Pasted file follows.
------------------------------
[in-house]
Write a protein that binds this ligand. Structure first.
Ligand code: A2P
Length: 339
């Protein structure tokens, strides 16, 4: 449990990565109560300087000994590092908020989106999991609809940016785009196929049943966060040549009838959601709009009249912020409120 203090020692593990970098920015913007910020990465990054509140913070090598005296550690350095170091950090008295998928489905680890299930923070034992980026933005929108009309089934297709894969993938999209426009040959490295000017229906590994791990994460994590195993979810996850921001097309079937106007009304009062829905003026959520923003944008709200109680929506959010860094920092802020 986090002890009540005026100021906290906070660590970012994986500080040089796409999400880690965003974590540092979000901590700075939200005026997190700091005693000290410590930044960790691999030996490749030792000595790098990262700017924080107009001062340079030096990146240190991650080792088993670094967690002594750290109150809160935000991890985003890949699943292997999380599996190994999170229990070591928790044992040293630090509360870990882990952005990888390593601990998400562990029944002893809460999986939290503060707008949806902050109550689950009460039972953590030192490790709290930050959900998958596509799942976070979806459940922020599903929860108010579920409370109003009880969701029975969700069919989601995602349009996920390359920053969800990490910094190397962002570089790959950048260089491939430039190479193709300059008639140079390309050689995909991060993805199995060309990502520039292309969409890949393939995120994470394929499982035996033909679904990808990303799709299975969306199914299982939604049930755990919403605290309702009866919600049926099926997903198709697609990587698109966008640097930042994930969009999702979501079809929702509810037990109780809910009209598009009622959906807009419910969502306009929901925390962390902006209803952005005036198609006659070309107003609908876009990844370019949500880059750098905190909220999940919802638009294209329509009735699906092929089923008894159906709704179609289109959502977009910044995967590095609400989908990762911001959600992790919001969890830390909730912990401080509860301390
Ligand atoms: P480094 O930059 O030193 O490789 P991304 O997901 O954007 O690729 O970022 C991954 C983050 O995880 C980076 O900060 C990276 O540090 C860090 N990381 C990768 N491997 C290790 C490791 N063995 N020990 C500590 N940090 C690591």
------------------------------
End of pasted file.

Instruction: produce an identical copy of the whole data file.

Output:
[in-house]
Write a protein that binds this ligand. Structure first.
Ligand code: A2P
Length: 339
């Protein structure tokens, strides 16, 4: 449990990565109560300087000994590092908020989106999991609809940016785009196929049943966060040549009838959601709009009249912020409120 203090020692593990970098920015913007910020990465990054509140913070090598005296550690350095170091950090008295998928489905680890299930923070034992980026933005929108009309089934297709894969993938999209426009040959490295000017229906590994791990994460994590195993979810996850921001097309079937106007009304009062829905003026959520923003944008709200109680929506959010860094920092802020 986090002890009540005026100021906290906070660590970012994986500080040089796409999400880690965003974590540092979000901590700075939200005026997190700091005693000290410590930044960790691999030996490749030792000595790098990262700017924080107009001062340079030096990146240190991650080792088993670094967690002594750290109150809160935000991890985003890949699943292997999380599996190994999170229990070591928790044992040293630090509360870990882990952005990888390593601990998400562990029944002893809460999986939290503060707008949806902050109550689950009460039972953590030192490790709290930050959900998958596509799942976070979806459940922020599903929860108010579920409370109003009880969701029975969700069919989601995602349009996920390359920053969800990490910094190397962002570089790959950048260089491939430039190479193709300059008639140079390309050689995909991060993805199995060309990502520039292309969409890949393939995120994470394929499982035996033909679904990808990303799709299975969306199914299982939604049930755990919403605290309702009866919600049926099926997903198709697609990587698109966008640097930042994930969009999702979501079809929702509810037990109780809910009209598009009622959906807009419910969502306009929901925390962390902006209803952005005036198609006659070309107003609908876009990844370019949500880059750098905190909220999940919802638009294209329509009735699906092929089923008894159906709704179609289109959502977009910044995967590095609400989908990762911001959600992790919001969890830390909730912990401080509860301390
Ligand atoms: P480094 O930059 O030193 O490789 P991304 O997901 O954007 O690729 O970022 C991954 C983050 O995880 C980076 O900060 C990276 O540090 C860090 N990381 C990768 N491997 C290790 C490791 N063995 N020990 C500590 N940090 C690591």